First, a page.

I’d injured my side in the Caribbean and missed the start of the English season but I came back in to play my first Test at Lord’s against India, which was a fantastic game of cricket – we won an hour after tea on the final day with a run out. I got Sachin caught at slip and took eight-for but that was of course overshadowed by Graham Gooch’s 333 and second innings ton. To have played at Lord’s and dreamt of getting up on the honours board and then go on to achieve it was extremely special.
The high before the low
6-82 & 1-33 | Australia v England, Second Test, Melbourne, 1990
They’d knocked Bay 13 down at the MCG, which meant there was a huge hole in the Southern Stand with a northerly, desert wind blowing through it – like a hairdryer in your face! I got a six-for and bowled really well on a flat pitch in serious heat. But that game was also when my hip injury flared up. It kept me out of the game for the thick end of two years, so that was the best and the worst. People were writing me off and there was a lot of worry about whether I would ever play again. It was a really stressful time.
The glorious comeback
5-87 & 3-44 | England v Australia, Sixth Test, The Oval, 1993
I’d seen a hip specialist, had an operation and was relatively pain-free again. I remember having a row with my dad after telling him I’d only got a couple of wickets in a match but deserved better. He said ‘I’m sick and tired of hearing you say that, when are you going to get some bloody wickets?’ Then something just opened up and 1993 became a magnificent year for me. Middlesex won the title and I took 32 wickets in four games, one of those being a Test match. England were having a miserable summer: they’d lost the Ashes and there was a change of captain with Mike Atherton taking over. I came back in for The Oval and my first wicket back was Mark Waugh. He drove me through the covers and Mark Ramprakash pulled off a brilliant stop to keep him on strike and the next ball bounced, left him, caught the shoulder of the bat and went through to Alec Stewart. Even now I think that was my most satisfying wicket. I’d had two years of soul searching and here I was taking eight wickets and getting Man of the Match.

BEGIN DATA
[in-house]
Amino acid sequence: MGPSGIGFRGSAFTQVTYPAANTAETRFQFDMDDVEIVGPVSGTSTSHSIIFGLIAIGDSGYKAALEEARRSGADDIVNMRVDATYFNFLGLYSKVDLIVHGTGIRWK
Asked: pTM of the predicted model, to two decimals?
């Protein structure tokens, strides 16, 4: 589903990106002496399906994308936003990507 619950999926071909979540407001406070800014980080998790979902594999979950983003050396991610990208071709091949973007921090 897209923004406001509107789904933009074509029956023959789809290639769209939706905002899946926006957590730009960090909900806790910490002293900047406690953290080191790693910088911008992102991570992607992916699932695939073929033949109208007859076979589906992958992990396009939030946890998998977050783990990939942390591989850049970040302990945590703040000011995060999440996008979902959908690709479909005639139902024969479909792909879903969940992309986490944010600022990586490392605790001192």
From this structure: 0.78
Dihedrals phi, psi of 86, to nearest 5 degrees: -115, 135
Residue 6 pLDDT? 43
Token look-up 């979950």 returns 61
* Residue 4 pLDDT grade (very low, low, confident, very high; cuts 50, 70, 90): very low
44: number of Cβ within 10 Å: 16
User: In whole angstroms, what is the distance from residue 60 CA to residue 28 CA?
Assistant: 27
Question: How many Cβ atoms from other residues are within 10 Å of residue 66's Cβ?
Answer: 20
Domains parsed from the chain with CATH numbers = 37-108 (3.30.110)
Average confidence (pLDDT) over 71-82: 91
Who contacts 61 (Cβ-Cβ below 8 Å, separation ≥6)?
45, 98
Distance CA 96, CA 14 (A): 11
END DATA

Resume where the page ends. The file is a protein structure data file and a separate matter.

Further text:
“When the going is tough and others do not want to know, he has another, more torturing, weapon: length and line.”
— Wisden (@WisdenCricket) August 8, 2019
The Bajan celebration
8-75 & 0-40 | West Indies v England, Fourth Test, Barbados, 1994
The best game of cricket I ever played in. I went on to get an 11-for at Trinidad in 1998, but Barbados was the better display – I didn’t bowl that well in Trinidad, it was just one of those days where it went my way. We’d lost three in a row, we’d got bowled out for 46 in the previous match and everyone was talking about a blackwash but Alec Stewart got a hundred in each innings and I got an eight-for. There were almost 10,000 Brits in the ground and the scenes at the end were astonishing – the pitch invasion, the celebration and the joy.
The series changer
5-60 & 5-62 | England v South Africa, Fourth Test, Trent Bridge, 1998
We’d drawn at Old Trafford after I’d blocked it out with Robert Croft, but Croft was left out for Trent Bridge and I thought I might get dropped too. But I kept my place and the match was a really satisfying one – taking a 10-for to help win the game. That was a lovely little period: over that Test and the next one at Headingley I took three five-fors in a row and 18 wickets in all and we won those two matches to win the series. That was the first five-Test series that I’d won in my career, against a good South African side too, so that was a special moment.
Published in 2012